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As you will all know, this has been a difficult year for Brazil in general, but I am pleased to report that your Society has managed to record a relatively successful year, in spite of the many challenges. We suffered a serious blow early in the year with the illness and subsequent passing of our long-serving and efficient Office Manager, Gaynor Smith. This caused a major disruption to our daily routine, and we were fortunate to be able to count on the considerable knowledge and able assistance and dedication provided by our Honorary Secretary, Jenny Byers, to see us through this difficult period. I would also like to acknowledge and thank our Office Assistant, Mônica Mendes, for all the additional work she undertook during this time. We also regret the passing of our Council member, and former Chair, Jack Woodall, who passed away in England following a courageous battle with a serious illness. Jack was a multi-talented person who provided many important services to the BCS over the years. His last major contribution was to warn the British community in Rio – some 12 months ago – of the risk of an outbreak of yellow fever in Brazil.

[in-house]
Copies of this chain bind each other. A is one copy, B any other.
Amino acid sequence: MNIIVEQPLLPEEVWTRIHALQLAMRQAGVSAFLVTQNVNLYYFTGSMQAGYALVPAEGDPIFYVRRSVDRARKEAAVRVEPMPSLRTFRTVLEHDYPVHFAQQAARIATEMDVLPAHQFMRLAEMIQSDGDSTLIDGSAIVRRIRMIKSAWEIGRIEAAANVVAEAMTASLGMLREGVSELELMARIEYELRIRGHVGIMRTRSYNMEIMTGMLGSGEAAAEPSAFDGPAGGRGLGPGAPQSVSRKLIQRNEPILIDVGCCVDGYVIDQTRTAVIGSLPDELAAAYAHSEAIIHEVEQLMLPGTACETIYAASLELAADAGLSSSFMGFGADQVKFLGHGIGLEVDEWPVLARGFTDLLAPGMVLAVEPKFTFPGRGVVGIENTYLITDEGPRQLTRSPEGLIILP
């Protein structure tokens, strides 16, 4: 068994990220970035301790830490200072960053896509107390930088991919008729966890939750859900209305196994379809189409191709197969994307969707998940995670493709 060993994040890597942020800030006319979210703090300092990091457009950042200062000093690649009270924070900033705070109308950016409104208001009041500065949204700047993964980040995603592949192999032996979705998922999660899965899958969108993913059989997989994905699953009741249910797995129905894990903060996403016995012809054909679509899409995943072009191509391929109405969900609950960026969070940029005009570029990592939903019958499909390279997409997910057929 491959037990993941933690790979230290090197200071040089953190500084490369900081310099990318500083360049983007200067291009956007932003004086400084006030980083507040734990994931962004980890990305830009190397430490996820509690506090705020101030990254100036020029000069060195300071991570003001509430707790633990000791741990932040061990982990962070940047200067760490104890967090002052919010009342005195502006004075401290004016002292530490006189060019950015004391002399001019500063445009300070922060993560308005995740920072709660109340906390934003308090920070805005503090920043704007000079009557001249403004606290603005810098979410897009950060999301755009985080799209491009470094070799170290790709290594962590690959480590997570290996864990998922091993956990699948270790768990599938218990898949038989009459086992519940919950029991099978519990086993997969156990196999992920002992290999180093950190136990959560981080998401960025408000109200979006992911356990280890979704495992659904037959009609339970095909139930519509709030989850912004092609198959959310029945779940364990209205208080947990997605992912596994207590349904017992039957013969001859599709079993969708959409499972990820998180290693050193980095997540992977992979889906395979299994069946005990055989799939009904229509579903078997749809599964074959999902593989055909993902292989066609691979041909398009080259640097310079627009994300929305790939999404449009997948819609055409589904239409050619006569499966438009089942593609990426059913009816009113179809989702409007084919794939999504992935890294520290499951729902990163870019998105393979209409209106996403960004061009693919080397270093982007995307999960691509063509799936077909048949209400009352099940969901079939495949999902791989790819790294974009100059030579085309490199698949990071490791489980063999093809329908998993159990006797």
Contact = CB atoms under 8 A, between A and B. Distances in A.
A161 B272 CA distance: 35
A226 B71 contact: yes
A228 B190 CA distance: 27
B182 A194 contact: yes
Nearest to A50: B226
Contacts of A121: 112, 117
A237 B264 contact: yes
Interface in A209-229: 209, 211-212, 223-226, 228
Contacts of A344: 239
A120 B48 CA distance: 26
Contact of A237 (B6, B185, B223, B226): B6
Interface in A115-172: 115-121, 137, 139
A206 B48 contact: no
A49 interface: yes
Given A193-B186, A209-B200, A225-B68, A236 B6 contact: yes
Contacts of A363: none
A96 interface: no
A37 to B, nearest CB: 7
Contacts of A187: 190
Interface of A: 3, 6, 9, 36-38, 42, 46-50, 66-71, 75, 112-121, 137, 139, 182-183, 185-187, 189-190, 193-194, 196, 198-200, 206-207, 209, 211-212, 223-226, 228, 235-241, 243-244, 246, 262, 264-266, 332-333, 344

Earlier this year, we were able to recruit a new Office Manager, Barbara Valverde, whom many of you will have already met. Obviously, Barbara is still settling into her new environment, but with her youth and educational background, we are confident that she will become an important asset for the BCS, and enjoy a long and fruitful association with our organization.
In Welfare we have had a fairly uneventful year. Although we continue to support some needy members of the community, there have been no new major cases worthy of mention. As an example of the diversity of situations in which Welfare is involved I would mention the limited financial aid that we were recently able to provide to a Pakistani family who arrived in Brazil as refugees fleeing religious persecution in Pakistan. Our total expenditure from the BCS Welfare Fund in 2016 was around R$17.000,00.
I would like to thank Noreen Smith and her Welfare committee for all the good work performed throughout the year.
Moving on to Membership, we are able to report that our membership remains largely unchanged, at 305 members. We note that more than 20% of our Membership – almost 70 members – are over 80 years old and realise that this is something to consider in terms of possible future Welfare needs.